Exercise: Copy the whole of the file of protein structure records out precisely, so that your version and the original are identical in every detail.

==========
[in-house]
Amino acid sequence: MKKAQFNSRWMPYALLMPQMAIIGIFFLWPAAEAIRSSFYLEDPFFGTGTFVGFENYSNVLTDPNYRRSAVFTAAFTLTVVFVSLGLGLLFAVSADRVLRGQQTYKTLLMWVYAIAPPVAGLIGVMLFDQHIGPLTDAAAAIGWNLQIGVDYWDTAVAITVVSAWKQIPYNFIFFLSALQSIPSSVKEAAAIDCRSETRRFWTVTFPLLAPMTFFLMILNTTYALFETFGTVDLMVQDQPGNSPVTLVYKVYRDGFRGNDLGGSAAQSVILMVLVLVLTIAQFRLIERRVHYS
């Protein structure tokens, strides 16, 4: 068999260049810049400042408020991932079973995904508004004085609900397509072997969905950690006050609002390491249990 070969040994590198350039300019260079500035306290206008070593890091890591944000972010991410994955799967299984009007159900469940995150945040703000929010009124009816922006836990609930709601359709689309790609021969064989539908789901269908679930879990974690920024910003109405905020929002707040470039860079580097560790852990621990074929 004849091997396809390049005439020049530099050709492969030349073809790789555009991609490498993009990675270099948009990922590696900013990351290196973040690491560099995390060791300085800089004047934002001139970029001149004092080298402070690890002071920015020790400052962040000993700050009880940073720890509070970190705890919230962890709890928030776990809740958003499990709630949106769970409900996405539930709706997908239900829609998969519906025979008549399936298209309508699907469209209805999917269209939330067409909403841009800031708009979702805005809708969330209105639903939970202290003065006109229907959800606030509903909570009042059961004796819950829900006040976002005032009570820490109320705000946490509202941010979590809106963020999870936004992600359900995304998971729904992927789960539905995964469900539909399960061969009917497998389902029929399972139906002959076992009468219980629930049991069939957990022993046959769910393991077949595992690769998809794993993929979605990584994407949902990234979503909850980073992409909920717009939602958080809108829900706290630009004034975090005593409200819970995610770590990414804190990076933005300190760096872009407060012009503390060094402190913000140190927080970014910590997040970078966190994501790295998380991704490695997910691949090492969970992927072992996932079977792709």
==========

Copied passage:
[in-house]
Amino acid sequence: MKKAQFNSRWMPYALLMPQMAIIGIFFLWPAAEAIRSSFYLEDPFFGTGTFVGFENYSNVLTDPNYRRSAVFTAAFTLTVVFVSLGLGLLFAVSADRVLRGQQTYKTLLMWVYAIAPPVAGLIGVMLFDQHIGPLTDAAAAIGWNLQIGVDYWDTAVAITVVSAWKQIPYNFIFFLSALQSIPSSVKEAAAIDCRSETRRFWTVTFPLLAPMTFFLMILNTTYALFETFGTVDLMVQDQPGNSPVTLVYKVYRDGFRGNDLGGSAAQSVILMVLVLVLTIAQFRLIERRVHYS
């Protein structure tokens, strides 16, 4: 068999260049810049400042408020991932079973995904508004004085609900397509072997969905950690006050609002390491249990 070969040994590198350039300019260079500035306290206008070593890091890591944000972010991410994955799967299984009007159900469940995150945040703000929010009124009816922006836990609930709601359709689309790609021969064989539908789901269908679930879990974690920024910003109405905020929002707040470039860079580097560790852990621990074929 004849091997396809390049005439020049530099050709492969030349073809790789555009991609490498993009990675270099948009990922590696900013990351290196973040690491560099995390060791300085800089004047934002001139970029001149004092080298402070690890002071920015020790400052962040000993700050009880940073720890509070970190705890919230962890709890928030776990809740958003499990709630949106769970409900996405539930709706997908239900829609998969519906025979008549399936298209309508699907469209209805999917269209939330067409909403841009800031708009979702805005809708969330209105639903939970202290003065006109229907959800606030509903909570009042059961004796819950829900006040976002005032009570820490109320705000946490509202941010979590809106963020999870936004992600359900995304998971729904992927789960539905995964469900539909399960061969009917497998389902029929399972139906002959076992009468219980629930049991069939957990022993046959769910393991077949595992690769998809794993993929979605990584994407949902990234979503909850980073992409909920717009939602958080809108829900706290630009004034975090005593409200819970995610770590990414804190990076933005300190760096872009407060012009503390060094402190913000140190927080970014910590997040970078966190994501790295998380991704490695997910691949090492969970992927072992996932079977792709």